Creating a Bias: Poor Journalism

The following is from an article reporting rape allegations against Derrick Rose with the comment “Do you believe her?”:

“Despite all of the knee injuries, it could be these latest allegations that finally do in Chicago Bulls guard Derrick Rose.

According to TMZ, Rose and two of his friends are being sued for allegedly drugging and gang raping a girl who dated the former NBA MVP from 2011 to 2013. The unnamed woman also alleged that, during their time together, Rose tried to get her to masturbate in front of him as well as allow him to have sex with her friends and strangers. Despite her unwillingness to accept those terms, the two continued to date.

It all came to a boiling point when, in August of 2013, Rose, Ryan Allen and Randall Hampton (Rose’s personal manager) drugged her while she was at Rose’s residence. Although she escaped their initial attempt to take advantage of her, they went to her apartment and gang raped her after her friend took her home.

TMZ’s report claims that the girl waited so long to file the suit because she was “ashamed and embarrassed.”

If this is true, it could mean the end of Rose’s playing days in the NBA — and possible jail time for the three defendants. It could very well be another disgraceful example of athletes thinking their above the law, and above the free will of women.

Stay tuned as the situation develops.”

Not only is this article heavily laced with bias, sexism, and the ever-present tones of rape culture, but the writing is poor and grammatically incorrect. This is journalism folks. This is what helps to form our thoughts and opinions of the world.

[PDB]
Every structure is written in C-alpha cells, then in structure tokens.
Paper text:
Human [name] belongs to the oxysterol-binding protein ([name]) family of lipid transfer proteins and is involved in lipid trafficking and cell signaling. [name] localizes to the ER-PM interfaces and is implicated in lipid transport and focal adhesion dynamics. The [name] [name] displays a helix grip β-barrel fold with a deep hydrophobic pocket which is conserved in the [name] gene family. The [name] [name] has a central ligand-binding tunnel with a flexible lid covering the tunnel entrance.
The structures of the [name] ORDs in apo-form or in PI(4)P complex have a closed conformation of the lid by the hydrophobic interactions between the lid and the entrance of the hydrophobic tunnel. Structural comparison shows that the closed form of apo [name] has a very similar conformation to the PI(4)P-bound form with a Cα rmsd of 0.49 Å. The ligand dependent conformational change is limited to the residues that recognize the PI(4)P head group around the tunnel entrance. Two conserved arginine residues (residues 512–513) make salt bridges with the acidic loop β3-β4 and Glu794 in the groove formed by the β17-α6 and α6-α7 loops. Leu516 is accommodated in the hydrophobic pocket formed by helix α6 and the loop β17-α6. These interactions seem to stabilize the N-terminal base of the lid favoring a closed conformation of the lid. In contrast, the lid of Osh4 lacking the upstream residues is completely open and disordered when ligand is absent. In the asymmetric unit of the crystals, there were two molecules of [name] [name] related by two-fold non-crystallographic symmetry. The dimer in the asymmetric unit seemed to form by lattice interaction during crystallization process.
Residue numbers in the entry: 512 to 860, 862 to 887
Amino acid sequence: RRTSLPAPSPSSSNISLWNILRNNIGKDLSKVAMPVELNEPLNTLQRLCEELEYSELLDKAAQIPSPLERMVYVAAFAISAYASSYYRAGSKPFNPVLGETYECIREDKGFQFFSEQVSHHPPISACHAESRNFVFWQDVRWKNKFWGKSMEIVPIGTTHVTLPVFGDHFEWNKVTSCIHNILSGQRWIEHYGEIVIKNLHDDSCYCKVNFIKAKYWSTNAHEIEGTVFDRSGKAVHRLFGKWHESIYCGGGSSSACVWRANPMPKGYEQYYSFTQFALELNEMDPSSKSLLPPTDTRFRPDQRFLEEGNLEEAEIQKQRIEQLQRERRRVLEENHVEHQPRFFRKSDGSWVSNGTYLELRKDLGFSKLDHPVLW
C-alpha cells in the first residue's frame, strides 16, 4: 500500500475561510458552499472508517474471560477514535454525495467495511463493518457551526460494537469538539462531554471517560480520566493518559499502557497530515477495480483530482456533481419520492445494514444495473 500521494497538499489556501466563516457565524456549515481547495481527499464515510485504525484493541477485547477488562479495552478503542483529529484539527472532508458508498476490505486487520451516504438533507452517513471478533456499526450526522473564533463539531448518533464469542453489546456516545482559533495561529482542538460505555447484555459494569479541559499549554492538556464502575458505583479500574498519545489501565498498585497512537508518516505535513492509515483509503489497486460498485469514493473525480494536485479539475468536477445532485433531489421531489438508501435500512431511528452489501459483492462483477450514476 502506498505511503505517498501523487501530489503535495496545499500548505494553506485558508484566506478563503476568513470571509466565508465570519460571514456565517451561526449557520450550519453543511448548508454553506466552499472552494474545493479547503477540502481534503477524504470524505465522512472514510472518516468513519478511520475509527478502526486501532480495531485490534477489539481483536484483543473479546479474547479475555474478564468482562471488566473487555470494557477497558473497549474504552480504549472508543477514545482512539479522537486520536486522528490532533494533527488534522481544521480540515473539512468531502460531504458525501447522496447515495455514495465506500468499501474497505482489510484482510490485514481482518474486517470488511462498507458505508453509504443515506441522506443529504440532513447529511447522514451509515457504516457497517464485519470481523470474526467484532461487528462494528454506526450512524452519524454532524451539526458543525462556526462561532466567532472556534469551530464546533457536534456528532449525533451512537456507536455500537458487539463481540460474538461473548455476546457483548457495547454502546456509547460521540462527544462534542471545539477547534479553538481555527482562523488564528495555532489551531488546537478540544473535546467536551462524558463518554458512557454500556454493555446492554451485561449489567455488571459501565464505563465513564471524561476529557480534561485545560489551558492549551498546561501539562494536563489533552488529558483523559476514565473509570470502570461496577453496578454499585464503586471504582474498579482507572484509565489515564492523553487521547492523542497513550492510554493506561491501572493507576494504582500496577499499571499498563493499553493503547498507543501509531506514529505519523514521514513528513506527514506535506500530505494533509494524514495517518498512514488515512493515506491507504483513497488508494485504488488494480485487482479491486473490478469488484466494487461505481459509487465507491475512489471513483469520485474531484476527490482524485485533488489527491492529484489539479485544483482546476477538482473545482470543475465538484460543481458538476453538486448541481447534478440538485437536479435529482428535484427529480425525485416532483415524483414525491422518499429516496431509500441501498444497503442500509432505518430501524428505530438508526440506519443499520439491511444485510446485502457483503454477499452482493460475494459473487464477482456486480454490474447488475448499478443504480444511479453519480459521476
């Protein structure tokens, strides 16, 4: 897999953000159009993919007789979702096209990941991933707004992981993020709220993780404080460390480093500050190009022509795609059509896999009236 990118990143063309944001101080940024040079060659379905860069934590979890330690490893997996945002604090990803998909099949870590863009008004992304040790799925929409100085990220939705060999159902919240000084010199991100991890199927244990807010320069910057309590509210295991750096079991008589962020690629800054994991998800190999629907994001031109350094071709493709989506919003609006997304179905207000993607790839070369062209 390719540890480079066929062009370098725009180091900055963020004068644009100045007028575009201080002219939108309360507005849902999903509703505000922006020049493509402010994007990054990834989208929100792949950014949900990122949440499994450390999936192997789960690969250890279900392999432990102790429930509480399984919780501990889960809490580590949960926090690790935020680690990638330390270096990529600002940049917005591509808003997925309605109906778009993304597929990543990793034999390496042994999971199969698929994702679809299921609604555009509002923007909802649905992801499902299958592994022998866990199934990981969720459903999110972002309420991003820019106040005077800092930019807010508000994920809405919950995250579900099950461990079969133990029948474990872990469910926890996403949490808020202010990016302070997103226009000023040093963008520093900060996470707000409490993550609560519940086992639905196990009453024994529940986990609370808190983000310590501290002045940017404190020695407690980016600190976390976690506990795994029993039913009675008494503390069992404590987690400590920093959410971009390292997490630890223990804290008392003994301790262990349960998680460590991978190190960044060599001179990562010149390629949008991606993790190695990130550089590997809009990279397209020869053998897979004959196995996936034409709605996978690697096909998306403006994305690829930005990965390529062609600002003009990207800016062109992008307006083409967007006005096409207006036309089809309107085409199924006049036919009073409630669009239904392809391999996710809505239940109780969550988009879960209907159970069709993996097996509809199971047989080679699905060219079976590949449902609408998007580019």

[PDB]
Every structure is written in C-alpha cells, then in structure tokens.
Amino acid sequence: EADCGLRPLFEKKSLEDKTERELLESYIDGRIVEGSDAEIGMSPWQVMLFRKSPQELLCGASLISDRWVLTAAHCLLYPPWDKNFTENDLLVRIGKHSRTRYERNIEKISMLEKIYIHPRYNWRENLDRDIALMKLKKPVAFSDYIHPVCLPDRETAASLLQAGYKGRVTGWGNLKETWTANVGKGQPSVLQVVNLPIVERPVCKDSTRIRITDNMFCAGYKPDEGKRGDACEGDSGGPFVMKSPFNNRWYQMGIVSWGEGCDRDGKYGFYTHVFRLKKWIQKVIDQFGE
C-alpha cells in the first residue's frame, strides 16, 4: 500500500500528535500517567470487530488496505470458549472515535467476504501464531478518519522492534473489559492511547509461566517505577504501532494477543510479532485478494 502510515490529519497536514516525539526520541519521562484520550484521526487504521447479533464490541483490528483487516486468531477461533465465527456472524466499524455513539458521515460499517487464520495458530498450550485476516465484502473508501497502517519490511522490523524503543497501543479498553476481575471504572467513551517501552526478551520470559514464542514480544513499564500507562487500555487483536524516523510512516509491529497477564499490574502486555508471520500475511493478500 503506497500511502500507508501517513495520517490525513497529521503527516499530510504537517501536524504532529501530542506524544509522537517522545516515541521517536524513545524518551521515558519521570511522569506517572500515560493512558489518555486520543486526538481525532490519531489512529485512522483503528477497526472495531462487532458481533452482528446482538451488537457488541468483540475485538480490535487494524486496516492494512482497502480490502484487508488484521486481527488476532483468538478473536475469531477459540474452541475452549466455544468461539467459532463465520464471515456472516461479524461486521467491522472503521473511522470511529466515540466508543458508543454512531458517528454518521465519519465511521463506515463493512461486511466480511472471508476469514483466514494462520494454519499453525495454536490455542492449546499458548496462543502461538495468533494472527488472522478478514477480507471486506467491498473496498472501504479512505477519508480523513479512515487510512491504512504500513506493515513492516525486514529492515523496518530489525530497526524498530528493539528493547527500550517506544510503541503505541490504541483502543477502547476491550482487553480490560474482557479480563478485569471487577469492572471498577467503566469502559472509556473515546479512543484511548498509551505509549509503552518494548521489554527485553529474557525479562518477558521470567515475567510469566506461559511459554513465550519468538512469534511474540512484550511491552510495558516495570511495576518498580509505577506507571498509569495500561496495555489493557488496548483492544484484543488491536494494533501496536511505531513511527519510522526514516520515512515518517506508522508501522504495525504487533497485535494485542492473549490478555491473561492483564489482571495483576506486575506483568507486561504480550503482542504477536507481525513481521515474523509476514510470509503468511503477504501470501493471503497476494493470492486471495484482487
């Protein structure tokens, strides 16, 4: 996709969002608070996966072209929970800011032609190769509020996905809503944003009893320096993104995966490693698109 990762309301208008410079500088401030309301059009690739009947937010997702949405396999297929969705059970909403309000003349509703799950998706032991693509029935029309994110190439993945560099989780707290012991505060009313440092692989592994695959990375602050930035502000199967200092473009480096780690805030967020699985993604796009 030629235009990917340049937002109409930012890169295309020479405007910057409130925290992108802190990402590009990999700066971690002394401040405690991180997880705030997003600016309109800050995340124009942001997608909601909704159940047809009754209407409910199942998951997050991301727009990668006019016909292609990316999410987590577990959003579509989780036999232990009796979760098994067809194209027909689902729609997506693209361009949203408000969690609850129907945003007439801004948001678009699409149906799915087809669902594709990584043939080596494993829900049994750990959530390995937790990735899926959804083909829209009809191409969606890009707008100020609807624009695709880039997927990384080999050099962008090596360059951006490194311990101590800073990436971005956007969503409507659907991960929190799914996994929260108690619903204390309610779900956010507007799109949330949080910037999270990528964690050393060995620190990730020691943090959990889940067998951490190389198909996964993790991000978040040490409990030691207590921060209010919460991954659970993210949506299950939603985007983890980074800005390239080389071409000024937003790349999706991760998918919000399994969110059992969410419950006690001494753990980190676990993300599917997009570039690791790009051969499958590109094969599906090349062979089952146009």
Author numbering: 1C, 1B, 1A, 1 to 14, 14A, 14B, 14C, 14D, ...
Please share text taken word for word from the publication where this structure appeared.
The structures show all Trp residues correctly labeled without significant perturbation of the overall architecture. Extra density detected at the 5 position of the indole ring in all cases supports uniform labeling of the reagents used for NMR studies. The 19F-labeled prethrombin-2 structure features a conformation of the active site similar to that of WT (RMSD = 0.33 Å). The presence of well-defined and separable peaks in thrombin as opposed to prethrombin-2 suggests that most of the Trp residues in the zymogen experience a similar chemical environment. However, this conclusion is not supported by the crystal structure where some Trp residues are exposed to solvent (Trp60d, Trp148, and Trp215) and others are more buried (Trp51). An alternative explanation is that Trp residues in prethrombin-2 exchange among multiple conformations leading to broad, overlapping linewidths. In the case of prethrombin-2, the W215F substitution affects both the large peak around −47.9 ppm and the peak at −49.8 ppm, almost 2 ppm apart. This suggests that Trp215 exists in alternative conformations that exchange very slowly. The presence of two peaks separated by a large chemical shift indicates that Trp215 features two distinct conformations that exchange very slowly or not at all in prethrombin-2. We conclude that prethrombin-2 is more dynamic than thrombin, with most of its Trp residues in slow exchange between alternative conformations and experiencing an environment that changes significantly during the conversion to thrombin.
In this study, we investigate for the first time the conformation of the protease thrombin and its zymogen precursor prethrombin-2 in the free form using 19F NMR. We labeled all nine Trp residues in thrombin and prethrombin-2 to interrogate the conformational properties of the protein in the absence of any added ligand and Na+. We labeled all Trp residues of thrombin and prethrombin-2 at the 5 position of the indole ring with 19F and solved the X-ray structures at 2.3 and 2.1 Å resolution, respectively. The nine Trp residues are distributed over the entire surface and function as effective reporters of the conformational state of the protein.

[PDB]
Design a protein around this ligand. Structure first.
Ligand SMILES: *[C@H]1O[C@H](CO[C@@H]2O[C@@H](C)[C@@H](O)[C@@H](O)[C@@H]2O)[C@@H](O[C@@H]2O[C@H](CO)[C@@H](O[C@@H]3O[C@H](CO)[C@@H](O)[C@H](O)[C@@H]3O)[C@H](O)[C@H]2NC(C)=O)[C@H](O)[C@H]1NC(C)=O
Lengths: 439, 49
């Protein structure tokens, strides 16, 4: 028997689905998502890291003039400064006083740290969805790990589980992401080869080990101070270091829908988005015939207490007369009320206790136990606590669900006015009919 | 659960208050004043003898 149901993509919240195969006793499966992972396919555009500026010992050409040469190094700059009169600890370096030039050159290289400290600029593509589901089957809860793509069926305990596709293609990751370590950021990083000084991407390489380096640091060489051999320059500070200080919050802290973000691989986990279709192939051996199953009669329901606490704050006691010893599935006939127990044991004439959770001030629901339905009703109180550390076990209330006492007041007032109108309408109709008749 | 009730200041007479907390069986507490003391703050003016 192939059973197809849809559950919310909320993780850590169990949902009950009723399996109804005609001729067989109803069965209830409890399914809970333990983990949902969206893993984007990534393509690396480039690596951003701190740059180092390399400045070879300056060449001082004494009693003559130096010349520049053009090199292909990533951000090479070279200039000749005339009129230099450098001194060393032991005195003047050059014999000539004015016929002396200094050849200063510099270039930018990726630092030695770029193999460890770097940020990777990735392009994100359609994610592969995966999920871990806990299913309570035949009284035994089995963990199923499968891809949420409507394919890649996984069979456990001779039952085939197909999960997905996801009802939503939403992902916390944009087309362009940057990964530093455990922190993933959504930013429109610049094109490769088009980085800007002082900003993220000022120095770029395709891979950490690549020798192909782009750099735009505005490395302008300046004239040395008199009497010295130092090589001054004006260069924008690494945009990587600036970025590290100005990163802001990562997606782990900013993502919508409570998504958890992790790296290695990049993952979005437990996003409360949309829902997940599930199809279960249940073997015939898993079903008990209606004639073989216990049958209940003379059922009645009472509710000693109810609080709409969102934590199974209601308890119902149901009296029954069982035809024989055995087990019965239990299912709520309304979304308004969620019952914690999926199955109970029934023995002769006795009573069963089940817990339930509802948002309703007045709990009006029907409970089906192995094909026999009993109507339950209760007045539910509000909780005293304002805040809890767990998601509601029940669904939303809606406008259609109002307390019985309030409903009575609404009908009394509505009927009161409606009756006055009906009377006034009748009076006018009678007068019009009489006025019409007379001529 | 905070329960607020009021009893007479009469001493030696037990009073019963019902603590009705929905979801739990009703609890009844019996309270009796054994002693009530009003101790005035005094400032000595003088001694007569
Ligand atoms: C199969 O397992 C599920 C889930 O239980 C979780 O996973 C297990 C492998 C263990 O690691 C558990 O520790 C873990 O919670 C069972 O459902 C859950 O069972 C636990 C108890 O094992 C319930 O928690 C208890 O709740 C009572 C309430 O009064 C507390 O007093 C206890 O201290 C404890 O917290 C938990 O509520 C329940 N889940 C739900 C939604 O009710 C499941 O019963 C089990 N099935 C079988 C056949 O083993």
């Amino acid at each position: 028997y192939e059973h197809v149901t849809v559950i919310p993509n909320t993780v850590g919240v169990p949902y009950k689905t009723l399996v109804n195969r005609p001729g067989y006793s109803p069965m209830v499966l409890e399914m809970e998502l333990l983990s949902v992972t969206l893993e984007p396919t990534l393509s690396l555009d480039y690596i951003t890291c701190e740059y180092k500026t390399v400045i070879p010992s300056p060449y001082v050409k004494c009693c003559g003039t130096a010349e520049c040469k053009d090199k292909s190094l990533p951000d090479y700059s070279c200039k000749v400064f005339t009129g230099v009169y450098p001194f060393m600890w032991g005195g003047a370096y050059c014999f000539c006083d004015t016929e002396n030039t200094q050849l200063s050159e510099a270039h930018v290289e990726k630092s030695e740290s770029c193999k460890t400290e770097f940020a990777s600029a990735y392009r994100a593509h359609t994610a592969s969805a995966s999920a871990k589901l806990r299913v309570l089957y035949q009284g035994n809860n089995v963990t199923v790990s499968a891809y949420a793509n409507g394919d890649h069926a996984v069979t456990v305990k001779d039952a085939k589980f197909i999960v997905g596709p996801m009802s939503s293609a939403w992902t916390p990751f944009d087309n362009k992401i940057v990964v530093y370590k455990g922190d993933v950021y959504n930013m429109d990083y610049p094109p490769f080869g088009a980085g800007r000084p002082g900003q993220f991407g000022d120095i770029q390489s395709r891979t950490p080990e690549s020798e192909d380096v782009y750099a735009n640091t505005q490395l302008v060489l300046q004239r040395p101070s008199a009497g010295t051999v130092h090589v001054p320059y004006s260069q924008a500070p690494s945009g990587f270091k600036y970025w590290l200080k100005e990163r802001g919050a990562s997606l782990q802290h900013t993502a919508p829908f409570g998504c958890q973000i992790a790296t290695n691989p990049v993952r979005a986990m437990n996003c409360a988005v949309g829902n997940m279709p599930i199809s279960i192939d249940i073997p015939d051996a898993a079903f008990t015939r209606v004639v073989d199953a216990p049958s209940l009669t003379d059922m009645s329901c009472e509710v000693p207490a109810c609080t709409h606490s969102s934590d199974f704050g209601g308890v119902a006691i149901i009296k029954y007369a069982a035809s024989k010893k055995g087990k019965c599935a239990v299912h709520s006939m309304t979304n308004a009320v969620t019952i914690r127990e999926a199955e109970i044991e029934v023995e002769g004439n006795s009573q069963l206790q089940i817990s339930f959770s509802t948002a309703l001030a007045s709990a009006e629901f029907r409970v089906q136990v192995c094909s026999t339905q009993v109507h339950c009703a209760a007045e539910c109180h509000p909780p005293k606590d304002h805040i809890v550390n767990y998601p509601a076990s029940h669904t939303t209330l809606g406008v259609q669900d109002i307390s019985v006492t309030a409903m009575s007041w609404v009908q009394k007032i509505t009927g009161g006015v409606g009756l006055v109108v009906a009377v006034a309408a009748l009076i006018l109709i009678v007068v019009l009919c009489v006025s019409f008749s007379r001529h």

Starting it off with “do you believe her?” really sets the tone for this article, doesn’t it? Let’s not put the focus on the man. Let’s not question the serious lack of responsibility or respect this man carries for himself and others, or whether or not he’s guilty. No, let’s instead focus on whether or not this woman is lying – the central focus in so many rape allegations. This is such an antiquated position to hold as a journalist. This single statement sets the stage for the article and makes it less about reporting facts and more about answering that question. Rape victims rarely report out of fear and judgment. This article alone is a clear example that when a woman says that she has been raped, she’s questioned instead of the alleged rapist. Quite similar to how our justice system approaches rape as well.

Notice the emphasis placed on the fact that the woman dated the guy for 2 years, followed by “during their time together”, and that “despite her unwillingness to accept those terms, the two continued to date”. Let’s break this down. A man and a woman are dating. The man asks the woman if she will masturbate in front of him and if he can have sex with her friends and others, she says no, they keep dating. How is this a problem? I know that many couples have had conversations about their sex lives as they learn each other’s boundaries, and some agree to having open relationships. For me, this is irrelevant information aside from attempting to contribute to the popular belief that rape cannot happen when two people are in a relationship. Newsflash, statistics prove that most rapes are committed by someone the victim knew.